What follows is rambly. You’ve been warned.

I’ve been thinking about another result of the most recent playtest. It was implicit, between the lines of what John said, but I think the lesson was that the game needs a bit more space to breathe.

The game has two economies, cards and tokens, that interact. It’s generally the case that you spend a bit from each in every scene, or at least every scene where you get or take some spotlight time. You get them from, you guessed it, certain moments in the spotlight. This means that the diastolic and systolic elements of the system are very tightly coupled; every moment of gaining currency depends on spending currency, and every moment of spending currency can lead to gaining it.

This can suffocate the story in between. It makes it easy to keep your eye on the mechanical pieces, the currencies, and not think about the story effects you’re making and getting as you do the mechanical game. It makes it easy to evaluate actions in terms of net mechanical effect over embodying a character.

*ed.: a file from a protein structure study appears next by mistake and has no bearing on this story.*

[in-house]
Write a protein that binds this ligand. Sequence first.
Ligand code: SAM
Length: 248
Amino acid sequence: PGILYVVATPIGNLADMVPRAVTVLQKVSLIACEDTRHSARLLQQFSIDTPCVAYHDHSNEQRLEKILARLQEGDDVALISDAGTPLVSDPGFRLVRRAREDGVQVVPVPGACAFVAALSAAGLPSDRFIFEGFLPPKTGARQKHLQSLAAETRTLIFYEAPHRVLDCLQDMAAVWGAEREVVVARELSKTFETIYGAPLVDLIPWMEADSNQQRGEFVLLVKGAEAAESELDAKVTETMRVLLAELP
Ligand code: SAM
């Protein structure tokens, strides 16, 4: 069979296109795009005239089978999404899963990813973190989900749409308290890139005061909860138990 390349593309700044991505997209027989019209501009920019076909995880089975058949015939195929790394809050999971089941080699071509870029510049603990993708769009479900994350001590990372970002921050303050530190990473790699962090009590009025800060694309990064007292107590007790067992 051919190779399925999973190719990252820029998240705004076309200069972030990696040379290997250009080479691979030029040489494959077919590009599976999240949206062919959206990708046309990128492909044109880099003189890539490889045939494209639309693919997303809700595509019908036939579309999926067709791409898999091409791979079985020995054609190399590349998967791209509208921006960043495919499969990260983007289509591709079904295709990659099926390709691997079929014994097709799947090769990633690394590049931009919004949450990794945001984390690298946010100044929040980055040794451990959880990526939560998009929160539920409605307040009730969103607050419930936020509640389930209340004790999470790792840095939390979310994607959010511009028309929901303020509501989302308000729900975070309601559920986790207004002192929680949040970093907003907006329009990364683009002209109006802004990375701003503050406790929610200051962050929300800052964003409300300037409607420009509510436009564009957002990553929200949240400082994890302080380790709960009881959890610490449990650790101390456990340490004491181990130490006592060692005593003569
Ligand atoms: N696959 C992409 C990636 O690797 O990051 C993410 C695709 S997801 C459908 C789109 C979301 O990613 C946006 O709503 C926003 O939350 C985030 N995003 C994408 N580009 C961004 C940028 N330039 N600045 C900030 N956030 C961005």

(Yeah, there’s the other extreme, where you’re left drifting between mechanical reference points.)

One way to counter this is to divide scenes or beats (or whatever your relevant unit is) into upbeats and downbeats, action and recovery, spend resources and gain them. This moves the systolic and diastolic rhythm into being a first-class element of your game. They don’t have to alternate by any means, but they should have some dividing lines. Consider Fiasco‘s white dice and black dice: they divide scenes into some concept of up and down (about outcomes, not actions, but still), and let you pace them as you feel necessary.

Another option is to minimize the presence of “resources” and “economies” in your design, as you see in Apocalypse World.

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I’ve been continuing to playtest Arcadia. It’s been going well, but the most recent playtest was that particular kind of frustrating and unsatisfying that a game designer sometimes seeks.

Clearly, some of the gears were slipping. This mechanic here wasn’t quite interacting right with that mechanic there, as the GM I had a hard time pushing for certain kinds of complications, et cetera. And so, I began to reach for the tools to which I am most accustomed: I began to tweak the crunchy bits.